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Grief is a natural response to any kind of loss. It’s a form of emotional healing, something that’s innately human. But sometimes, this normal process is stalled, sidetracked or pushed underground. The result is called incomplete grief, and its signs include irritability and anger, continued obsessions of the deceased, hyperalertness, depression and even self-harming behaviors. If you have lost a loved one a while ago, but haven’t fully come to terms with it, you may not have fully recovered from your grief — even though in your mind you know it’s been a long time. Just remember, there is no time limit with grief. You may need to take the next step and take advantage of bereavement services in Alameda County and elsewhere to help you process that grief.

Grieving is a highly individual experience, says HelpGuide, and there’s no right or wrong way to do it. How you grieve will depend on many factors, such as your coping style, personality, life experience, your faith, and the significance of the loss. To be sure, the grieving process takes time, with healing happening gradually. No one can force or hurry the process along, and as such, there is no normal timetable for resolution. Some people will feel better in a matter of weeks, while others may not feel better for months or even years. The key is to be patient with yourself and allow the process to unfold in a natural way.

That said, some people never get over their grief no matter how much time has past. They’re stuck in a loop of sadness, regret, guilt and maybe even anger. Here are some signs that you may still be grieving for the loss of a loved one.

1. Irritability and Anger

These feelings often come up seemingly out of the blue some weeks or months after the loss. This is a result of pushing down the pain of the grief, usually through distraction (immersing yourself in your job, taking care of your family, etc.). You may think: if I just stifle my feelings, they’ll go away or maybe I’ll be better able to deal with them later. That’s rarely the case. Those feelings will come out one way or another, whether through steady irritability or an out-of-the-blue explosion, says Psychology Today.

2. Continued Obsession

Obsessing over the loss and events surrounding it is normal to an extent. But sometimes, you can get stuck on sort of an emotional rewind, lacking the ability to move forward. You may have found yourself dialing the deceased person’s phone number or you may be replaying moments of regret in your head over and over, or you cry whenever your loved one is mentioned.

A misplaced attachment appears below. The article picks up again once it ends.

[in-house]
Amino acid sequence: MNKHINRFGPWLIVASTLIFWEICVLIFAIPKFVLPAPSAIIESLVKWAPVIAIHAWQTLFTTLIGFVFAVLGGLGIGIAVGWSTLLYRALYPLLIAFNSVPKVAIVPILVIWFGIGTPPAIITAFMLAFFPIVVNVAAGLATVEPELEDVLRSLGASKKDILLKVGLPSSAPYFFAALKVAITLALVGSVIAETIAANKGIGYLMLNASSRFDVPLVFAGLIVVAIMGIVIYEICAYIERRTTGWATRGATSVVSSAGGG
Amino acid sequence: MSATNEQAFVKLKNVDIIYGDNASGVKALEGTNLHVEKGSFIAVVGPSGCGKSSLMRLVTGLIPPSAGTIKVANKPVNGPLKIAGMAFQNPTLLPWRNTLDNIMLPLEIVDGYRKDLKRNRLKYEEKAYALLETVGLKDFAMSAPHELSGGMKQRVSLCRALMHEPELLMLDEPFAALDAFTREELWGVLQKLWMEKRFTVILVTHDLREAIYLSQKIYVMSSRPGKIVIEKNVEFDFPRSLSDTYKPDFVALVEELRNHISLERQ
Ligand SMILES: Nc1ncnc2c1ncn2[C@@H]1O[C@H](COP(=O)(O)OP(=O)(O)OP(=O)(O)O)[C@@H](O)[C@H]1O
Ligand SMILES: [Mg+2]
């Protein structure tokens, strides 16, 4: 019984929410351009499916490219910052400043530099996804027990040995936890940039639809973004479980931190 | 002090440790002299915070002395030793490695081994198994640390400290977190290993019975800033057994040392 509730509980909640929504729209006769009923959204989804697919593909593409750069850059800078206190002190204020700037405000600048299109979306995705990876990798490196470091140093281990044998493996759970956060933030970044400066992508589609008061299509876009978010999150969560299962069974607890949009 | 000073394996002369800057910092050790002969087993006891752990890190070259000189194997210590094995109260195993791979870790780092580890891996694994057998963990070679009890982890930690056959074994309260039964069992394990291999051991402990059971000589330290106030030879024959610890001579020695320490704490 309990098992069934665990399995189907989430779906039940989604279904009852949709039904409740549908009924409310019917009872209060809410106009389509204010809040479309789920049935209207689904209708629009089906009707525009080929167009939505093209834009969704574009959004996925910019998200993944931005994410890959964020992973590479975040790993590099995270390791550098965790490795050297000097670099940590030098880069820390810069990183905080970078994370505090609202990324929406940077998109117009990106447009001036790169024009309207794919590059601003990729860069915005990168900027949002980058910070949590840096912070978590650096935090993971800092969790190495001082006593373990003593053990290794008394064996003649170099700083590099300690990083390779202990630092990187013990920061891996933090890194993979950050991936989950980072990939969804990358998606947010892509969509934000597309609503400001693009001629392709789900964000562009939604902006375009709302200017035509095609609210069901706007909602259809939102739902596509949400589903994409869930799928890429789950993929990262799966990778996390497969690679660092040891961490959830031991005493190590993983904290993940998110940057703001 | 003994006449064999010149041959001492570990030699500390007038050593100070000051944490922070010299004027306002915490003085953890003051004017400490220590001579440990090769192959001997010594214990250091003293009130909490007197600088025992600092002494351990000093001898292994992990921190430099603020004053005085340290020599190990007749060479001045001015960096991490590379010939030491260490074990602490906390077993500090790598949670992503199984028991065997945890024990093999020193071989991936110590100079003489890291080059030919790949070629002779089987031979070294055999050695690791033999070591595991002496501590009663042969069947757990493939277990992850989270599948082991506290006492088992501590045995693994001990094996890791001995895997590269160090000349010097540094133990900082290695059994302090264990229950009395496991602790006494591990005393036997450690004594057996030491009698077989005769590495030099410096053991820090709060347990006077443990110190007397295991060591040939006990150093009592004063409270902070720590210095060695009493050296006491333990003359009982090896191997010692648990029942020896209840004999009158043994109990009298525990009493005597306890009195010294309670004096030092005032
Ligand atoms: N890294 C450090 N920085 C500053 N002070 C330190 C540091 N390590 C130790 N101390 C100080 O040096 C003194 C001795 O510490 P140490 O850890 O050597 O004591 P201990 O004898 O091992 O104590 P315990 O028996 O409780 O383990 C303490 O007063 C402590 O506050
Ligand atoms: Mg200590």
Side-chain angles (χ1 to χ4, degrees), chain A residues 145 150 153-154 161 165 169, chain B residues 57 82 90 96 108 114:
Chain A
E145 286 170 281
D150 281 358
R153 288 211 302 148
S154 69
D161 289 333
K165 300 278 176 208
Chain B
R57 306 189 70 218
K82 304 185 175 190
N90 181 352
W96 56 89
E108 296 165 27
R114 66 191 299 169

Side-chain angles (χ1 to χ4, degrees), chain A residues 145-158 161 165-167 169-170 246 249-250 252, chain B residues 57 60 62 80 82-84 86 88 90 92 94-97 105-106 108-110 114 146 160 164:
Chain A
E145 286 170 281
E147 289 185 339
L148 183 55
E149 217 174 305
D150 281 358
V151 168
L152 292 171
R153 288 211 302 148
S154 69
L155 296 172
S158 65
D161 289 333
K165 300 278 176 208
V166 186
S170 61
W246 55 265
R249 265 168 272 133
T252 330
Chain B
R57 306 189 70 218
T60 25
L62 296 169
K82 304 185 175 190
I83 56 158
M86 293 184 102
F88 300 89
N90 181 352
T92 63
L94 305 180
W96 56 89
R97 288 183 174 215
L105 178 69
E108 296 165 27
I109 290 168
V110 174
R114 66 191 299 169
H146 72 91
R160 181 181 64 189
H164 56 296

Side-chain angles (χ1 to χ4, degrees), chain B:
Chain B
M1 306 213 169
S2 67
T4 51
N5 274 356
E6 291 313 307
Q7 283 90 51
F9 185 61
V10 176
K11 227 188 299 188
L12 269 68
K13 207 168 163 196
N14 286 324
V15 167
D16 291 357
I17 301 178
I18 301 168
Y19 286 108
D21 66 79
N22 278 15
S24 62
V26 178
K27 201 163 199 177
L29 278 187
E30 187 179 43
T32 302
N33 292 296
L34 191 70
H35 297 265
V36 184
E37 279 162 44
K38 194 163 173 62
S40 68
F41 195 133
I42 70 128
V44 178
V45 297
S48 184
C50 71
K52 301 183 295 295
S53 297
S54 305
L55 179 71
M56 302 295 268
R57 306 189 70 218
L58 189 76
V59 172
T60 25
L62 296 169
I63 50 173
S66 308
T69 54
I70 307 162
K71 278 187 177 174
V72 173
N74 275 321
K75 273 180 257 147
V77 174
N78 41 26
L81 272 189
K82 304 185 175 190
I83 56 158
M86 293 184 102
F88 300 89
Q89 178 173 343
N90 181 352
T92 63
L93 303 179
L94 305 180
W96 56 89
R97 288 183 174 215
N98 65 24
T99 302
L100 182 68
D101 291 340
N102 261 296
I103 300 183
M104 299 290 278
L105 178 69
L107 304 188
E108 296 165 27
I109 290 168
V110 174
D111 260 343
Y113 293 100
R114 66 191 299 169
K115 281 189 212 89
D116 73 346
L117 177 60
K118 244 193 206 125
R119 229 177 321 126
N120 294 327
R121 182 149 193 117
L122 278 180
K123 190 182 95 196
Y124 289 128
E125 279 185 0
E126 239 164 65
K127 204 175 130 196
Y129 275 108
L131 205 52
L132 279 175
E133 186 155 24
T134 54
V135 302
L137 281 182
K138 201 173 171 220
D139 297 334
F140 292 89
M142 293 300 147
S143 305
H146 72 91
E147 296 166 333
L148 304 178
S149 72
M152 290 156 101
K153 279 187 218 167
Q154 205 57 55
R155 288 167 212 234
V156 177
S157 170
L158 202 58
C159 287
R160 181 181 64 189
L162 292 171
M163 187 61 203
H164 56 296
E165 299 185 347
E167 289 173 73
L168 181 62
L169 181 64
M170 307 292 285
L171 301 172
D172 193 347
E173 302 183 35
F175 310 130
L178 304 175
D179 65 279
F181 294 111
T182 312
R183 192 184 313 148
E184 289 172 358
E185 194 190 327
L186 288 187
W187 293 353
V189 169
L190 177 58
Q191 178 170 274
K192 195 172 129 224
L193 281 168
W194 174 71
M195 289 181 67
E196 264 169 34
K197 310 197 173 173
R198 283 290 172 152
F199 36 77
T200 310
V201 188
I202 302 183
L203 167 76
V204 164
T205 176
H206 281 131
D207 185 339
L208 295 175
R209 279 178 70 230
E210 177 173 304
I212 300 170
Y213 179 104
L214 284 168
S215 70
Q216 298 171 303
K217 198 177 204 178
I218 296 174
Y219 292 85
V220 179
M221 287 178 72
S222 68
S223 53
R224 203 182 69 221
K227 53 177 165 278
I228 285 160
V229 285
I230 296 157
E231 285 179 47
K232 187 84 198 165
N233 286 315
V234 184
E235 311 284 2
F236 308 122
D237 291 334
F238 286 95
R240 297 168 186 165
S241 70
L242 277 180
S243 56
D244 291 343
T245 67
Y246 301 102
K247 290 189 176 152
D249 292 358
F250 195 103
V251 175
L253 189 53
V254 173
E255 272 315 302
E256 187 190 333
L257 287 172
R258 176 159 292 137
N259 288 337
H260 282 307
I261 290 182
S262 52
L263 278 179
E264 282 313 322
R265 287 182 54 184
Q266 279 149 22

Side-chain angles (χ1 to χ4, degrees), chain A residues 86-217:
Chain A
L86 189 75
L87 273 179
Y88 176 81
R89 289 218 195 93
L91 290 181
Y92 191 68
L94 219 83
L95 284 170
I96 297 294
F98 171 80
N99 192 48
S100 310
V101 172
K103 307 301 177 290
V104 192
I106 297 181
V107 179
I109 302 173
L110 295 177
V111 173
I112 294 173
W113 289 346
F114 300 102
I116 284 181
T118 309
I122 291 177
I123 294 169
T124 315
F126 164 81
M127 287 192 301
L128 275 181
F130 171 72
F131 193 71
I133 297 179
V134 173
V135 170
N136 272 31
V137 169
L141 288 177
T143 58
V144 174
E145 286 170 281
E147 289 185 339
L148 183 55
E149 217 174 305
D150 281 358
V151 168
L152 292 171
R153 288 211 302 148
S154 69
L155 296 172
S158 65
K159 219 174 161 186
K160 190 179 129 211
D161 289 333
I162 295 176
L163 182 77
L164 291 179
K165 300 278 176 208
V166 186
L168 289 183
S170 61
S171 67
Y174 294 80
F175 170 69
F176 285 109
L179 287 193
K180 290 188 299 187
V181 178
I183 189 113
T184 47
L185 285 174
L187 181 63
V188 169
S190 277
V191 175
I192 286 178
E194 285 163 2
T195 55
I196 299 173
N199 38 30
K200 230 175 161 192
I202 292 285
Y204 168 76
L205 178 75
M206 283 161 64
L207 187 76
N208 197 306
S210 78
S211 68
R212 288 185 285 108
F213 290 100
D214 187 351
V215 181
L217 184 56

3. Hyperalertness

After a loss, life understandably feels more fragile; you may feel more vulnerable and the world may seem unsafe. This may cause you to become hypersensitive and alert, fearing more loss. In a sense, you’re wired to be prepared for the worst.

4. Behavioral Overreaction

With any significant loss, we come up with a way in our heads to avoid dealing with such trauma and pain ever again, whether we’re conscious of that or not. When you add incomplete grief to the mix, it’s common to overreact. You may become more dependent on a partner, or you may pull away from others in order to avoid a sense of closeness and potential loss. Coping in this way can rapidly turn into a longer-term pattern in all of your relationships.

5. Apathy

Apathy, low-grade depression and numbness may also settle in. This way of shutting down grief is like hanging a heavy blanket over our emotional selves, resulting in an apathetic, why-bother attitude, as well as a lack of energy, motivation and drive.

How to Complete the Grief Process

If you realize you’re struggling with a loss or you have a loved one who is, there are some steps you can take to feel better:

  • Get closure by writing out your thoughts. Write letters, write in a journal, whatever it takes to get your feelings out on paper.
  • Face what you may be avoiding. Visit your loved one’s gravesite if you couldn’t before, for example.
  • Participate in bereavement services, taking part in support groups, workshops and counseling.

It’s important to realize that the transition from an obsessive focus on the past to a re-engaged hopeful focus on the future doesn’t happen at once. In fact, it comes and goes, in bits and pieces, in a back and forth manner. You may catch yourself feeling guilty when you suddenly realize you want to be happy again. You may see your recovery from grief as an abandonment of your past relationship, but it’s never disloyal to a lost relationship for you to  find new ways to achieve happiness once again, says MentalHelp.

Contact Pathways Home Health and Hospice

We offer helpful bereavement services here at Pathways, from counseling and memorials to workshops and support groups. Please give us a call at 888-978-1306 to learn more or to participate.